It's a nice kit, and quite detailed for 1/72nd scale, especially in the turret. The tracks are a kind of glue-able flexible plastic (maybe Vinyl, maybe not). But they're a little too glue-able; I melted the joining areas right off one of the tracks through overzealous use of cement (you can see the gap in the tracks just over the rear return roller). The Achilles Heel of many 1/72nd scale armored vehicles is the tracks, but the tracks in this kit are quite nice, with detail on the inside and outside, and the proper "scooped" grousers that propelled the thing through water. There are two quirks with the model. One is that the antenna bases are missing. I'm pretty sure these were provided as parts and I merely lost them. The second is the presence of two holes in the rear doors. They look like mounting holes for something, but no parts were provided, and they aren't mentioned in the otherwise excellent instructions. Maybe they're just peep-holes. I don't know.
I spray-painted it with olive drab (really, Krylon "Oregano") and then brush-painted the rest of the camouflage with Vallejo acrylics. It took several coats to get decent coverage, and even now, the coverage isn't great. When I get around to weathering the vehicle, the blotchy sand and brown won't be evident, but if I wanted this model to show a factory-fresh example, I'd need another coat. Or have to learn how to airbrush Vallejo paints.
The tracks are painted Oily Steel, and I do quite like that paint. When you first apply it, it looks too thin, like it'll never cover, but it undergoes some kind of transformation as it dries and what looked like poor coverage at first suddenly turns very good. I approve.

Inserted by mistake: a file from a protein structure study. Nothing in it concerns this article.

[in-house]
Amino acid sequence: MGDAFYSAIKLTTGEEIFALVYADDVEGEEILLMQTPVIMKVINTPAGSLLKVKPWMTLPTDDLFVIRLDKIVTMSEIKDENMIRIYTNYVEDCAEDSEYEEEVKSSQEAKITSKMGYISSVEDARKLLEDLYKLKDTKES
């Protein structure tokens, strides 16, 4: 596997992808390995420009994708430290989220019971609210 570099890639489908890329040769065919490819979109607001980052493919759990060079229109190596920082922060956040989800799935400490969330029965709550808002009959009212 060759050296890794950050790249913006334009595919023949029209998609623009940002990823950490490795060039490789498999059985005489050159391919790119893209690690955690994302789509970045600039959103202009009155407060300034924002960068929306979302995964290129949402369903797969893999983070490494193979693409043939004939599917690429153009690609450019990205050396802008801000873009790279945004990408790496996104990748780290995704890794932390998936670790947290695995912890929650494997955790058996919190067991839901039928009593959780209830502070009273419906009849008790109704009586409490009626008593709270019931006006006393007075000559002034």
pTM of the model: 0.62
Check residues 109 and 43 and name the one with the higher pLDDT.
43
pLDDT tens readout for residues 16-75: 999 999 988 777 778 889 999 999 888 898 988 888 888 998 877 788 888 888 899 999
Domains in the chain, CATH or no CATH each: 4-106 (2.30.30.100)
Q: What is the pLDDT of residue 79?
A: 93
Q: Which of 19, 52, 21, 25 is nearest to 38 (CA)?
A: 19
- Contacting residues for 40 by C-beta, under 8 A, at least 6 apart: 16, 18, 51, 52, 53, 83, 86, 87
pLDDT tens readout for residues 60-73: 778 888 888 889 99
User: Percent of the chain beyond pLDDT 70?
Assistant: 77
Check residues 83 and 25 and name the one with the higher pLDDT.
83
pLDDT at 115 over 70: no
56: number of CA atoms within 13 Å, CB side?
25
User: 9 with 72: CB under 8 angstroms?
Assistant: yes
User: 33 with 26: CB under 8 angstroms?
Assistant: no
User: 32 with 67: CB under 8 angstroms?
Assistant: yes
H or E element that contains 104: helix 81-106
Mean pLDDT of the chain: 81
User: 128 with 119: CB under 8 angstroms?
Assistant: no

Behold, my first use of Vallejo acrylic paints. They're all the rage in the modeling world these days, but for a long time I resisted using them, mostly because I already had so much paint on hand that buying more felt like an needless expense. The models are 1/144th scale Russian fighters: an Attack MiG-21MF in Egyptian markings, and an Academy Su-22 in what I think are Hungarian markings. Both were brush-painted with Vallejo acrylics.
So what do I think? First, the kits: I like the Attack MiG-21; it's quite refined even in 1/144th scale, though a touch fiddly - the wings and horizontal stabilizers have TINY joining areas, and long-term durability is doubtful. The Academy Su-22 is much more crude, simplified and chunky and sporting heavy panel lines that bring the old Matchbox kits to mind. But they're cheap and easy to build, and don't take up much space on the shelf.
The paint: I've been using craft paints for years, and honestly, Vallejo acrylics strike me as being little more than good quality craft paints. They're good, and I'll probably keep using them, but if you have any experience with craft paint, you'll find Vallejo paints pretty familiar. I like the squeeze bottles, and I think they lay down a little thinner than craft paint, but in most other respects, they're about the same. The main advantages of them is that you don't have to mix colors - if you want US Army khaki, you can get it pre-mixed and you don't have to fiddle around trying to mix it on your own. So, I regard them as good and worth using, but not quite the life-exchanging experience that the buzz seems to argue for.
(There is, upon reflection, one major advantage of Vallejo paints over craft paints. I've never found a metallic craft paint that was worth anything, but the Vallejo "oily steel" metallic paint is very, very good. Even if I decide not to keep buying Vallejo paints, that's one that I WILL keep using.)